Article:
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7 Must-See Sights in Yakushima, Japan's Most Beautiful Island

Picture of Brooke Larsen
Osaka Hub Writer
Updated: 2 April 2018
Yakushima is a gorgeous natural wonder in southern Japan. Much of the small island is a protected World Heritage Site and is largely untouched by industry and tourism. Those who make the journey are welcomed by a myriad of landscapes, from forests to mountains to beaches. The sites below can be visited by doing a popular trek across the island, which takes about three days, or by hiking from various points around the perimeter.

Jōmon Sugi

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The wide, imposing trunk of Jomonsuji, Yakushima's most ancient tree.
The wide, imposing trunk of Jomonsuji, Yakushima's most ancient tree. | © Σ64 / WikiCommons
Yakushima is probably populated by more sugi (cedar) trees than people. These are fiercely revered and protected. On the island is a park called Yakusugi Land where casual visitors can see trees that are over 1000 years old. However, the most famous sugi tree requires a rough hike to reach it, but it’s worth it. Known as Jōmon Sugi because it is said to be as old as the Jōmon Period, which took place from 14,000-300 BCE, even conservative estimates place this tree’s age at a minimum of 2000 years old. The massive, ancient tree is truly impressive to behold.
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Shiratani Unsuikyo

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Moss covers everything in this lush, green forest.
Moss covers everything in this lush, green forest. | © Takeshi Kuboki / Flickr
This forest looks like something out of a fairy tale, and in a way it is. The mossy, magical forest in the famous Japan-made Studio Ghibli film Mononoke Hime (Princess Mononoke) was based on this place in Yakushima, so it’s become known as ‘Mononoke Hime no Mori’ ー ‘the Princess Mononoke Forest.’ It’s actually called Shiratani Unsuikyo and is even better in person than on film. Moss covered stones, twisted tree roots resembling tentacles, and towering cedar trees come together to form the fabric of this mythical forest.
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Mt. Miyanoura

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The view of the foggy peaks on the way to the top of Mt. Miyanoura.
The view of the foggy peaks on the way to the top of Mt. Miyanoura. | © つだ / Flickr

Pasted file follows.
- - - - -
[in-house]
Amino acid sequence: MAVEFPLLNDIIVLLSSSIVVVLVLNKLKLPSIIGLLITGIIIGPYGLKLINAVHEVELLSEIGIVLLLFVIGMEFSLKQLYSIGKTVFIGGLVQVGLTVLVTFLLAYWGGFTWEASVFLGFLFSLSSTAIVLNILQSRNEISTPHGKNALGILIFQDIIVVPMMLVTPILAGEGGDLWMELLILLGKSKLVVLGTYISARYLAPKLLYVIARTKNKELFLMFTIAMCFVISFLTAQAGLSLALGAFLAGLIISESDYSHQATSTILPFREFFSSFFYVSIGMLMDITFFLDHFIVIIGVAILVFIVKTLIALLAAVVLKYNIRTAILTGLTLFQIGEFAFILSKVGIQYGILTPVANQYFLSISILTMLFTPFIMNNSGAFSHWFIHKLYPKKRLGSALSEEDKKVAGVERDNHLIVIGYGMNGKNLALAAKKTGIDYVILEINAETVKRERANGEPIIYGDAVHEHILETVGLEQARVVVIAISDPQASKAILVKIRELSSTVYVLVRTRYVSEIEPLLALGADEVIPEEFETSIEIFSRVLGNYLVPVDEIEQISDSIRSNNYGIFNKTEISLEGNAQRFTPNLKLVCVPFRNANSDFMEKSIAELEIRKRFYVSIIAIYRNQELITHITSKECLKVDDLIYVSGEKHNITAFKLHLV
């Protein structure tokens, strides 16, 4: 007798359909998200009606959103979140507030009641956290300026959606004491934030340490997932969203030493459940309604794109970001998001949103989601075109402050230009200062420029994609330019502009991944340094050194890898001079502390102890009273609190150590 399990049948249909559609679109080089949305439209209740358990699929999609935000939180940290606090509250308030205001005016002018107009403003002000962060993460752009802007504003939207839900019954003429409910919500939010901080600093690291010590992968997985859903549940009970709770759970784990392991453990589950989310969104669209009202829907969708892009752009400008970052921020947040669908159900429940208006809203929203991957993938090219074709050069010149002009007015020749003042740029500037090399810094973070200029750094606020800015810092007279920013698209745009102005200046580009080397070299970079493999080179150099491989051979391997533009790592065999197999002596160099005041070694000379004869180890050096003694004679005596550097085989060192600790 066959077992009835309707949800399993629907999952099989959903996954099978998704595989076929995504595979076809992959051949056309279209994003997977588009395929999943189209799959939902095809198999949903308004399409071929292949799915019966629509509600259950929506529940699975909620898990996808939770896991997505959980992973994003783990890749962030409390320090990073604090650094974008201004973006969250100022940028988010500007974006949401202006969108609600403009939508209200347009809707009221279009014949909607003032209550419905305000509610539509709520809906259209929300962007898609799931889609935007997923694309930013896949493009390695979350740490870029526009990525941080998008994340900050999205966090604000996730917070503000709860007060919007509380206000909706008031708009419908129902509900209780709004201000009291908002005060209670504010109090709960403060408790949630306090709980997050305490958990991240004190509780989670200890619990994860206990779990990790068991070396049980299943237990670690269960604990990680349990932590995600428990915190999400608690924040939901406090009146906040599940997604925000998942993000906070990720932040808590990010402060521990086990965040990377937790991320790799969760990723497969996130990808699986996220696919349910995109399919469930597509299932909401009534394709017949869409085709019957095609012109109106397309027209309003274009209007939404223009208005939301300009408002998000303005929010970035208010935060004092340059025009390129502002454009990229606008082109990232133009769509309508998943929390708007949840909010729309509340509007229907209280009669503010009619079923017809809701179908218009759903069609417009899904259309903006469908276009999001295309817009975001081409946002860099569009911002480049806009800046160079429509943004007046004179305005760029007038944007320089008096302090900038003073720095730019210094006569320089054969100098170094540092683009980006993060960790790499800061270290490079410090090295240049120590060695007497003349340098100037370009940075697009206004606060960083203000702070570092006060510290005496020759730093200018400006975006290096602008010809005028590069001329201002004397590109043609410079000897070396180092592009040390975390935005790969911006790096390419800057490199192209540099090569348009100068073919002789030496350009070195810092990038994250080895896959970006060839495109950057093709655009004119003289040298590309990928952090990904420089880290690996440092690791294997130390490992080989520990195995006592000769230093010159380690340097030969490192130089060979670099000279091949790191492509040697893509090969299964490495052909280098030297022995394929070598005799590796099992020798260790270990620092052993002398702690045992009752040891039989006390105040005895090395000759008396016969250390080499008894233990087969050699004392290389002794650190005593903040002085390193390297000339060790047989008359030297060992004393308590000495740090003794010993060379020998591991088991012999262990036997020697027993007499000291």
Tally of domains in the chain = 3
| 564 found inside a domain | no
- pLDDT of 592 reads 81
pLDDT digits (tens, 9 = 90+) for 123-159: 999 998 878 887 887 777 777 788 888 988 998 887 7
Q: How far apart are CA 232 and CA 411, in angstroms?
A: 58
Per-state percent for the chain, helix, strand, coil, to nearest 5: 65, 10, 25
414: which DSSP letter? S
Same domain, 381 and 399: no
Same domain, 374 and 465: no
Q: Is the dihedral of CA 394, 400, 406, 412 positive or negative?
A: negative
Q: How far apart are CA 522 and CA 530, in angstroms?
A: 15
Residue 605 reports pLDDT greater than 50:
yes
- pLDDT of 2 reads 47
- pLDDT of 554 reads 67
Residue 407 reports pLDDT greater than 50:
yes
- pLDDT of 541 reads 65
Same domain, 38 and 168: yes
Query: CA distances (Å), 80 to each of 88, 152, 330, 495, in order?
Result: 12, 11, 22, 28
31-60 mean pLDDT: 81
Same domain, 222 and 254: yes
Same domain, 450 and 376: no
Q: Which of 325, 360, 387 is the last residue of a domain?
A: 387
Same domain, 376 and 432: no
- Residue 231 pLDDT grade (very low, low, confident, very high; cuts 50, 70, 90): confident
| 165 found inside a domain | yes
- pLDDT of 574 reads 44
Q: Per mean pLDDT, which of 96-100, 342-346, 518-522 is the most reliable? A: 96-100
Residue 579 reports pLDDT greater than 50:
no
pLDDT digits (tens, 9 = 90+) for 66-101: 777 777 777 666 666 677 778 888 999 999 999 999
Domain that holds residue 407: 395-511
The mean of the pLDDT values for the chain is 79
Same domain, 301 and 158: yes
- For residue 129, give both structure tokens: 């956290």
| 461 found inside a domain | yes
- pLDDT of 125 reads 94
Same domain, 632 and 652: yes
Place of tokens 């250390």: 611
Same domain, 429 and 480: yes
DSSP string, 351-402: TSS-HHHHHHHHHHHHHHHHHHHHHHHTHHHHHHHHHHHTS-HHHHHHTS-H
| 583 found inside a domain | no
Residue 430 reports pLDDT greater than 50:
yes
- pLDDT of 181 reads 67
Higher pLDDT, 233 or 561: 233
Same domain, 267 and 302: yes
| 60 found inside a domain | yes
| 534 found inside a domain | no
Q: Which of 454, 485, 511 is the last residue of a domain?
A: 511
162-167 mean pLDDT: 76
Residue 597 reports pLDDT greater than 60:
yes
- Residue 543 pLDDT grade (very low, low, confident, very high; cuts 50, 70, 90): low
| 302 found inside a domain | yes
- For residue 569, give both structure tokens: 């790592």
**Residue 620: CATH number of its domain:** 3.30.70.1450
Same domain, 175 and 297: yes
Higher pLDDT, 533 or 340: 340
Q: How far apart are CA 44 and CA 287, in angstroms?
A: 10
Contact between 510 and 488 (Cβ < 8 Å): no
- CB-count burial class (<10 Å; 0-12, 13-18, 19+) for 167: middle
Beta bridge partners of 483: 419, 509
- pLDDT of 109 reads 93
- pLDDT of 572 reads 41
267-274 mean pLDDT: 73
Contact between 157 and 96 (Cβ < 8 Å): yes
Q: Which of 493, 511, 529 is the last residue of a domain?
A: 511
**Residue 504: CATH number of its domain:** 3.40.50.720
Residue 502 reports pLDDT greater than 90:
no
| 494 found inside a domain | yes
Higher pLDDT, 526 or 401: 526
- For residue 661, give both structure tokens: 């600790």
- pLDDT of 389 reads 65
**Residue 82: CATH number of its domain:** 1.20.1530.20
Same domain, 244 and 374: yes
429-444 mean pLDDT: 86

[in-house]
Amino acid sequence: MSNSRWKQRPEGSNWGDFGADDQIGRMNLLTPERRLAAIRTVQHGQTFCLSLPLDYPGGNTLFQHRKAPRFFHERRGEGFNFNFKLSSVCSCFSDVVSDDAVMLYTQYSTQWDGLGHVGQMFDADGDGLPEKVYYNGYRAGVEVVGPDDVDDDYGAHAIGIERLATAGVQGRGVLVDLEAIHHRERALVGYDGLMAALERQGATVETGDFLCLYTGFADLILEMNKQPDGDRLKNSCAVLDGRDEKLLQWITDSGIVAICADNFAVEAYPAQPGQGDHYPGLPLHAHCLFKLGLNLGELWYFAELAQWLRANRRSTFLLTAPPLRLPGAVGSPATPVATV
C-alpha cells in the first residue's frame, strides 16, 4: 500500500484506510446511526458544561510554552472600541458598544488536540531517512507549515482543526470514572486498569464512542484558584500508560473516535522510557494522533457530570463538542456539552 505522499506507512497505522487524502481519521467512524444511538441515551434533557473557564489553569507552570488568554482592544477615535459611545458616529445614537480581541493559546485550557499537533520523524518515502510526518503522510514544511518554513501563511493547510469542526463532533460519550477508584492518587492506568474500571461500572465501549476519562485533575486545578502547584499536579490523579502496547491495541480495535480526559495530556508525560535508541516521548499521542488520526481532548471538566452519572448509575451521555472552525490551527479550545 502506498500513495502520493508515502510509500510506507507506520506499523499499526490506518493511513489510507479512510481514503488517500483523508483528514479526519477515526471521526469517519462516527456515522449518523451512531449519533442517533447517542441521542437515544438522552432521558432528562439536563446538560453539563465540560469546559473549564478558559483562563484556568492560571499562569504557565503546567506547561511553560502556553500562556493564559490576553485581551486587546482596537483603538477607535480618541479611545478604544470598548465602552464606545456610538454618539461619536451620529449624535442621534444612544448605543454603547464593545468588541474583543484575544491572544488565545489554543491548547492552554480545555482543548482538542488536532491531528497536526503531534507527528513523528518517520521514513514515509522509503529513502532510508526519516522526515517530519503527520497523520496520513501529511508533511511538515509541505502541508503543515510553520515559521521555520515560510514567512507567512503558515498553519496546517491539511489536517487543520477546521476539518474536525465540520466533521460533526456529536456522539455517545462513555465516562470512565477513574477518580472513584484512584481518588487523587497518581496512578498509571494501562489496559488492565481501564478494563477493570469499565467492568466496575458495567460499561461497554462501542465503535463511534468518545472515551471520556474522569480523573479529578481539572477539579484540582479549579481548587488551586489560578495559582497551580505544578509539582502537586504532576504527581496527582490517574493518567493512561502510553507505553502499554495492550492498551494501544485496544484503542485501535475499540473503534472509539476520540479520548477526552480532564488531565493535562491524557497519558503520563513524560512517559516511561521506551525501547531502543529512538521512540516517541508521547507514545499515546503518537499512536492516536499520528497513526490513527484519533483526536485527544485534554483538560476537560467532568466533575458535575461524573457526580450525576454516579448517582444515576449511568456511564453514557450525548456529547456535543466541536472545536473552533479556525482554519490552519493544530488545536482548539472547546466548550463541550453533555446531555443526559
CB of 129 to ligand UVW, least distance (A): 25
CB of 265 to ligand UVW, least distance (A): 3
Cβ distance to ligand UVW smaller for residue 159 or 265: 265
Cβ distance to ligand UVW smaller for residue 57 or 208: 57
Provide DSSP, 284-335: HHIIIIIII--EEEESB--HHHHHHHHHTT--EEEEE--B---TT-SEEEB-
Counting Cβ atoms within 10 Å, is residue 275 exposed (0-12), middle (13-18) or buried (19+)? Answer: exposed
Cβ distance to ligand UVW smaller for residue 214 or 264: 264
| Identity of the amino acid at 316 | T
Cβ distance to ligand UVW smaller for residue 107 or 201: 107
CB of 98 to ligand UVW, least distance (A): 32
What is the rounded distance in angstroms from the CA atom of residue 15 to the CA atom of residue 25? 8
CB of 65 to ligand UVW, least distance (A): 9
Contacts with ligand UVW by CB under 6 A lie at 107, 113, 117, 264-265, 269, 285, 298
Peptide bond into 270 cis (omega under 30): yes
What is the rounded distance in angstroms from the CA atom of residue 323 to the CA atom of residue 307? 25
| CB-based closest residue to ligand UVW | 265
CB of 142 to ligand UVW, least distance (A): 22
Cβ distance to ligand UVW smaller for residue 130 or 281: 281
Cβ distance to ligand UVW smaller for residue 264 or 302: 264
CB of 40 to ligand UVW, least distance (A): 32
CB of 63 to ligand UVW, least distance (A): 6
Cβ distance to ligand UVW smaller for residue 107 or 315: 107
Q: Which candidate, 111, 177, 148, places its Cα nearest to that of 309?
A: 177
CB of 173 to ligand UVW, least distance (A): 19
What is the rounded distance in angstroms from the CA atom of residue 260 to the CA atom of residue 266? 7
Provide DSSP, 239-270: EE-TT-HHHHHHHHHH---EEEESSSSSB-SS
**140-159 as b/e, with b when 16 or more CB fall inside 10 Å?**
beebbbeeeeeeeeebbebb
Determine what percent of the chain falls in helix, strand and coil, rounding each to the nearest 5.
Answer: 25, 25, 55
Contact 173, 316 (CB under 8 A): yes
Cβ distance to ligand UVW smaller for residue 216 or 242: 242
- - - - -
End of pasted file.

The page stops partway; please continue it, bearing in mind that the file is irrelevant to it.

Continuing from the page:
This peak is the highest in southern Japan, so if you have the time and energy you’ll want to check out the view from the top. The trek is strenuous and at times treacherous – parts of it have to be scaled using rope – but it’s worthwhile. The mountain is located right in the center of the island, so the panoramic views allow you to see Yakushima in its entirety as well as the ocean around it. The hike can be done in a day or as part of the trek across the island.
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Taiko iwa

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The view from Taiko iwa.
The view from Taiko iwa. | © Brooke Larsen / Culture Trip contributor
A view that rivals the top of Mt. Miyanoura is the one that greets those brave enough to perch on the edge of Taiko iwa, a massive stone that sits high above the island in Shiratani Unsuikyo. Taiko iwa, which means a rock that looks like a giant taiko drum, protrudes from the mossy tangles of the Princess Mononoke Forest and hangs upwards of 1000 meters over the gorge below. Yakushima is a tropical and rainy place, so the view is often foggy but always dizzyingly magnificent.
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Wilson Stump

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Looking out from inside Wilson Stump.
Looking out from inside Wilson Stump. | © Brooke Larsen / Culture Trip contributor
Most of the trees that draw people to Yakushima are alive, if not ancient, but this popular tree is hollow and dead. What makes it so special is not only that many people can fit inside the stump at once, it is also that upon looking up and out of the hollow trunk at a certain angle, the opening forms the shape of a heart. Though it may sound corny, it’s actually a very beautiful and peaceful place and a must-see experience.
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Hananoego Marsh

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Plants and trees growing out of the waters of Hananoego.
Plants and trees growing out of the waters of Hananoego. | © つだ / Flickr
Beautiful beaches, majestic mountains, fairytale forests, and now a marsh in the mix – Yakushima truly has everything. This peat marsh is said to be 2600 years old and has many kinds of interesting flora, including mighty cedar trees. During certain times of the year, the area is home to hundreds of blooming flowers. There is a boardwalk built over the wetlands so that visitors and hikers can easily explore and pass through the marsh.
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Hirauchikaichu Hot Spring

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Hirauchikaichu oceanside onsen at low tide.
Hirauchikaichu oceanside onsen at low tide. | © Somey / WikiCommons
Communal bathing is one of those ‘only in Japan’ experiences; here it’s even more unique because of the remoteness of the island and rareness of the opportunity. Hirauchi Kaichu is an outdoor onsen, or hot spring, like many others that scatter the archipelago. However, this onsen is only usable at low tide. It’s also co-ed, another rarity. Many bathers will enter wearing a towel, while others will bathe in the nude as is the local custom. Don’t let this deter you! The views from this oceanside natural spring are breathtaking.
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